in the paper this morning. They like letters to be less than three hundred words. This one ran to four hundred. I wrote it more with the idea that someone I know in the editorial department might use at least some of it. There have been times when I have seen my words used, without acknowledgment in editorials.
It is not polite but it does not particularly bother me because the paper specifically states that submissions might not be used or might be edited etc. If they think that what I have said - or the way I have said it - is good enough for the editorial then so be it. It is actually rather nice to have someone say, "There's a rather good editorial today..." and know that I have been responsible for part of it even if I cannot actually say anything.
But this time they have published the entire letter without any editing and I know what will happen. There will be people who will comment on the length. (There are a variety of answers to that depending on the person who is commenting.) Some will ask how I manage to get so many letters into the paper. (I write them.) Someone is bound to ask whether I will help them write a letter to the paper. (With very rare exceptions to that the answer is "No.")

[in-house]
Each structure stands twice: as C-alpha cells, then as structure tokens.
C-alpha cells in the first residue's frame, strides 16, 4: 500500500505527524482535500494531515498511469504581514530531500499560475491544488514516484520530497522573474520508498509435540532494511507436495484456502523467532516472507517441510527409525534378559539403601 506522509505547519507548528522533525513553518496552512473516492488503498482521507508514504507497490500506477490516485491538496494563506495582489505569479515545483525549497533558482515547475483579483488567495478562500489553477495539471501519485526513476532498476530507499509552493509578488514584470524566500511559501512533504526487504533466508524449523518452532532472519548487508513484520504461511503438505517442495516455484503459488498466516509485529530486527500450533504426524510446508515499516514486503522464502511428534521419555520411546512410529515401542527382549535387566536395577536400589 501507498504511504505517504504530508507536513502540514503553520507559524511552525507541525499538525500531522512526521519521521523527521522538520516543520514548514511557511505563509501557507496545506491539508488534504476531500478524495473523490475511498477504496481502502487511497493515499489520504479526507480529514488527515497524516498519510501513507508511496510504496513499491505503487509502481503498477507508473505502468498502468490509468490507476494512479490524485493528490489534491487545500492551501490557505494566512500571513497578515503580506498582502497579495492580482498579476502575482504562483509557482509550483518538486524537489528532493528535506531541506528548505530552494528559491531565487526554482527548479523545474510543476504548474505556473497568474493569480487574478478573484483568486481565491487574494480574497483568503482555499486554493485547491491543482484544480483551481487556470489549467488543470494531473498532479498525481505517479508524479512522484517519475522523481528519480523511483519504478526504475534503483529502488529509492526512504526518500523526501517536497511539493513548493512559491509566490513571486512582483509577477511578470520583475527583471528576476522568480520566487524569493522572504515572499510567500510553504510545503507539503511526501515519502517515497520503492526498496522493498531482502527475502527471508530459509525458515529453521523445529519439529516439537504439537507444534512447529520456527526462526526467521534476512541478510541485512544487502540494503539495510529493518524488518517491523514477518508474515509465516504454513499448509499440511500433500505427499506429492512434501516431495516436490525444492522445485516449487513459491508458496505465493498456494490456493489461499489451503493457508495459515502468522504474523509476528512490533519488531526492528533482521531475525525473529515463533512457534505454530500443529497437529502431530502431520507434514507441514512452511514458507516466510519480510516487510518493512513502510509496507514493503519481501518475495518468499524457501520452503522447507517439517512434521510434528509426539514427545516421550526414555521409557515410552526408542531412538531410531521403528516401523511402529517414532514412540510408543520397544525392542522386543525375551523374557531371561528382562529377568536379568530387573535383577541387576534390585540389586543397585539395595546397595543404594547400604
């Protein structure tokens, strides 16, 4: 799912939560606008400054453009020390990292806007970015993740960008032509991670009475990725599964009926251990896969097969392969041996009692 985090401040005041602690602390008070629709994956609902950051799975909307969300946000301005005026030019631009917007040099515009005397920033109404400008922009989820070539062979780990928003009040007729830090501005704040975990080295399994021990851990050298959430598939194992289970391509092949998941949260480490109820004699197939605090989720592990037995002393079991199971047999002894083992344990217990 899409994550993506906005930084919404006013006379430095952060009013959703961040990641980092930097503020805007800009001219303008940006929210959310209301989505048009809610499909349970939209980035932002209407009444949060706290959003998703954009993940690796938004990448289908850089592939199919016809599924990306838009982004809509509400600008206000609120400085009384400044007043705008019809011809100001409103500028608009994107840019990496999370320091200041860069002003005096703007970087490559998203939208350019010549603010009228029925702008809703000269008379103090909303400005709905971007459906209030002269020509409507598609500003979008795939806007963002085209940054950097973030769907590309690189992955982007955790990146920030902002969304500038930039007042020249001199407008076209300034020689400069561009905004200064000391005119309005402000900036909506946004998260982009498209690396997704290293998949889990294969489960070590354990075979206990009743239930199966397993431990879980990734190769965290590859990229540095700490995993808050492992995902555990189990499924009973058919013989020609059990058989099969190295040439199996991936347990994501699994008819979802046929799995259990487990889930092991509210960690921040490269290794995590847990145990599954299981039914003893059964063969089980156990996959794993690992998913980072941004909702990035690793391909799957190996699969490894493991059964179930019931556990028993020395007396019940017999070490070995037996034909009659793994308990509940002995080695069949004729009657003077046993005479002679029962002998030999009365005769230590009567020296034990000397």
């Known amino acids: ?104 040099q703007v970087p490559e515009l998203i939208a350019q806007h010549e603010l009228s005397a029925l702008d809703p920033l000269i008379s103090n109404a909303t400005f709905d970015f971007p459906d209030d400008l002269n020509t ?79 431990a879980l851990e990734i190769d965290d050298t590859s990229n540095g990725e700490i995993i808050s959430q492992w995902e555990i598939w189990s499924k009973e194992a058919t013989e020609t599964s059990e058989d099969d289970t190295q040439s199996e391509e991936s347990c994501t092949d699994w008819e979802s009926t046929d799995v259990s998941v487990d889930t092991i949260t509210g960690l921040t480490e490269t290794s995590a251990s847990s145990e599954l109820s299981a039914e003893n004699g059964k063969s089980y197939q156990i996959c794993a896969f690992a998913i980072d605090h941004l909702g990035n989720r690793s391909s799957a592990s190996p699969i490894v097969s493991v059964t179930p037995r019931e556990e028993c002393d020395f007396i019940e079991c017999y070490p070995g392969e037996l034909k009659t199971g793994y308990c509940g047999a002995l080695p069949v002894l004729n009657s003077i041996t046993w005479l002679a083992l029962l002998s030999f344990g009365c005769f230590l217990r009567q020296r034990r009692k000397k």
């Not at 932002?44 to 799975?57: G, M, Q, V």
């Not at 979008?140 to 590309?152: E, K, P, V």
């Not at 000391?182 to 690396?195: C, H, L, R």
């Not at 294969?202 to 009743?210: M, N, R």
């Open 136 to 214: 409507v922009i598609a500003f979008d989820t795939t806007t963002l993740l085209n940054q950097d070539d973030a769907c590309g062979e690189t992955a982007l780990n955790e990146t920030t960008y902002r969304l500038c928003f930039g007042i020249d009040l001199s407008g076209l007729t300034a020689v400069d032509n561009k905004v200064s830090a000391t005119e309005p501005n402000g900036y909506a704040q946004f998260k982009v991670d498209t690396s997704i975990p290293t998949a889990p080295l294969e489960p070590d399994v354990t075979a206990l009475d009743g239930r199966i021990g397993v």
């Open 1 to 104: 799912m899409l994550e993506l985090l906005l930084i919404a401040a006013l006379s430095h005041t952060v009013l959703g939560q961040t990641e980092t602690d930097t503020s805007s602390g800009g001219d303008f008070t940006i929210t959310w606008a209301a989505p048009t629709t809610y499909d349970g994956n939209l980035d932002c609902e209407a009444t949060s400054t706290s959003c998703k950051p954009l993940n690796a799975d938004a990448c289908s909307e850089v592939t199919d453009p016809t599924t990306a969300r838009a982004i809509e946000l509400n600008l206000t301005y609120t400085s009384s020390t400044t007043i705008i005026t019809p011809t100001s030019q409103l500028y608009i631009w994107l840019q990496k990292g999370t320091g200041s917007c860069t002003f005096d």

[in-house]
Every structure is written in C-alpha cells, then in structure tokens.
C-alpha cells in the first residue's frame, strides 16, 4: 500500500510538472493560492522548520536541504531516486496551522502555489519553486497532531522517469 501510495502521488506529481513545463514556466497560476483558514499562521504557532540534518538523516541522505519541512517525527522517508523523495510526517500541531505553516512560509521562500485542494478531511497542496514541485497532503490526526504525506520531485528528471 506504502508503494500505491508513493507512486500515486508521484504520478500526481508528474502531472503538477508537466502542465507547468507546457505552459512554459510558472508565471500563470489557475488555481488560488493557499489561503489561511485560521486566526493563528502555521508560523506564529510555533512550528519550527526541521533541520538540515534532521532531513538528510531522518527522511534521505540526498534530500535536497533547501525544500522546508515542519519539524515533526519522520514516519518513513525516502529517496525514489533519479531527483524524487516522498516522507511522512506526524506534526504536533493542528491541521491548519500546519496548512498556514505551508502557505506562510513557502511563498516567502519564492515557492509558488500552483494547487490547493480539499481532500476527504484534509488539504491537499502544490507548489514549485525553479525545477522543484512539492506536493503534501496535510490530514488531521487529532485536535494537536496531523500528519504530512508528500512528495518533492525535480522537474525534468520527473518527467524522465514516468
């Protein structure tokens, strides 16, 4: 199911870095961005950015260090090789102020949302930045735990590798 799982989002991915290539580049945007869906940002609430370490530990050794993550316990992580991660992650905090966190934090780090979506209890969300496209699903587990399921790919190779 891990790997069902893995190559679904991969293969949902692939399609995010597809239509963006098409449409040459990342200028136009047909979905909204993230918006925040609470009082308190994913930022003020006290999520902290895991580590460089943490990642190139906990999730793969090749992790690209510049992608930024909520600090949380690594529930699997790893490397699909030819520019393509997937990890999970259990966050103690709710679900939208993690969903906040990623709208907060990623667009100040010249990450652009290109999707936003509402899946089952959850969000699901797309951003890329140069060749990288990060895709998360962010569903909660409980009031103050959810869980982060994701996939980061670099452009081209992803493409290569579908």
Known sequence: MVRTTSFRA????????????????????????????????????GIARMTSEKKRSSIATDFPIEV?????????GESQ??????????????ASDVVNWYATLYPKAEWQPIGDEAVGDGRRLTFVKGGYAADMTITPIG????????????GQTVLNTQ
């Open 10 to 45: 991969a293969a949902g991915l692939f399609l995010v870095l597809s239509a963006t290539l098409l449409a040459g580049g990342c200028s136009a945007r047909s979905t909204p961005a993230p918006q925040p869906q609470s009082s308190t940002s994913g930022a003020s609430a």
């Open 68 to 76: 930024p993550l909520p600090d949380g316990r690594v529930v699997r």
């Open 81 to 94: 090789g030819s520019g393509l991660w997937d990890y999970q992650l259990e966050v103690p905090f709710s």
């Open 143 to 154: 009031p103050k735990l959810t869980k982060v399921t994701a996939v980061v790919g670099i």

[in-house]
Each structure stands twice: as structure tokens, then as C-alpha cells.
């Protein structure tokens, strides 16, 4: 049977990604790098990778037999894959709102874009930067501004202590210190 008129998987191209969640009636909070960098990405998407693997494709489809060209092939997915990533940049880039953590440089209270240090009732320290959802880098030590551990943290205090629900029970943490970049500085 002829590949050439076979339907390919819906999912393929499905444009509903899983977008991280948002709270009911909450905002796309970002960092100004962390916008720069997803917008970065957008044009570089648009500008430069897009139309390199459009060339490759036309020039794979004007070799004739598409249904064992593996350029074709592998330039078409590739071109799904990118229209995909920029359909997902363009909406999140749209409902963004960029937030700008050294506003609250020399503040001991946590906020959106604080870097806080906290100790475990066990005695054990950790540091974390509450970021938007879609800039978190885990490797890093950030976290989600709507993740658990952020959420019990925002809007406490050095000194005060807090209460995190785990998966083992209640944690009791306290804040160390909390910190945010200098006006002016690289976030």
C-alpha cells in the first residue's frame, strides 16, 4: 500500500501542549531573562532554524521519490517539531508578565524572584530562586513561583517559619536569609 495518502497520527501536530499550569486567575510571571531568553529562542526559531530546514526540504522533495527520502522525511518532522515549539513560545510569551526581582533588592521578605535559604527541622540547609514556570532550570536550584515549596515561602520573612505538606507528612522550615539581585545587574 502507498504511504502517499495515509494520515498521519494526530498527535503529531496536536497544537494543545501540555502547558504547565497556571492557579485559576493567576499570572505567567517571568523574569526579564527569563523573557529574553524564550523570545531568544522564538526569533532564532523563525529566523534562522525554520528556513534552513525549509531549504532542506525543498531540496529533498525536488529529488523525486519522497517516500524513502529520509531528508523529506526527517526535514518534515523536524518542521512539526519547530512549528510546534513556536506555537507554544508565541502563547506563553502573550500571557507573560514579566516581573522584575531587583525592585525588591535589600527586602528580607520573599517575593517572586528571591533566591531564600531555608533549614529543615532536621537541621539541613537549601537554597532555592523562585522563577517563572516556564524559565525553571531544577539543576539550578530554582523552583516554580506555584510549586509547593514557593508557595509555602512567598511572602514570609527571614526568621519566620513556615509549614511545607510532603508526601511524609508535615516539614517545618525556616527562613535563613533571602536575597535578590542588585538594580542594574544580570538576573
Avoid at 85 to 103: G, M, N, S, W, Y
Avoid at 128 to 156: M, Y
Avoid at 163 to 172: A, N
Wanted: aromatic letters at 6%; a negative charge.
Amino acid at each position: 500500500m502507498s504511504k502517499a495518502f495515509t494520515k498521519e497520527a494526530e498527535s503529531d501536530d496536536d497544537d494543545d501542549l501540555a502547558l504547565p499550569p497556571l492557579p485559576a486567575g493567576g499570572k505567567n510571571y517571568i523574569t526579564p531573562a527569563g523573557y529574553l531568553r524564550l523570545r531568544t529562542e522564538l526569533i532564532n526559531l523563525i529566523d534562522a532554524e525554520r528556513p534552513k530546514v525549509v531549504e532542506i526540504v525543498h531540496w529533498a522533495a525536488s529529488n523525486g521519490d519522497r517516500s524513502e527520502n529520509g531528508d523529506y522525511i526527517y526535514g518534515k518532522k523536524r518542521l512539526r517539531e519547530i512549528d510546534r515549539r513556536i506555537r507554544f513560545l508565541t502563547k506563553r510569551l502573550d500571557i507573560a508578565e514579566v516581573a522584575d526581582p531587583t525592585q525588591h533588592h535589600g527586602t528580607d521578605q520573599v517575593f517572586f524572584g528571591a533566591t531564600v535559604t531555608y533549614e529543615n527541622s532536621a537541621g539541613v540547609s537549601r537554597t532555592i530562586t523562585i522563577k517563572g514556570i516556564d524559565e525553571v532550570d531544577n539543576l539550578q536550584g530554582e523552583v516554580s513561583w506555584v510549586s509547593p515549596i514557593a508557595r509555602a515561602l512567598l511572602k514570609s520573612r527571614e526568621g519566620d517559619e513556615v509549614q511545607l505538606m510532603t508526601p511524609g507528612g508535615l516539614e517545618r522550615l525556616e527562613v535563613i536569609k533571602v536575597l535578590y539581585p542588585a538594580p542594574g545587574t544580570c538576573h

And there will be people who comment on the content. Some will agree and some will disagree. Those who do not agree will fail to recognise that I have, very carefully, put both sides of the argument. They will read what they want to read into what I have said. They will make their own headlines in just the same way the media made headlines over what Joanne Harris said - and did not say. No doubt we all do that at times.
And how often do we only read the headlines and think we know what something is about? How often do we not bother to read further or really consider what is actually being said?
Years ago, after we had argued over something, another student and I gave our mutual doctoral supervisor a card. He had it framed and placed it on his desk. It read,
"I know you think you understood what I said but I am not sure you realise that what you heard is not what I meant."
How often does that happen?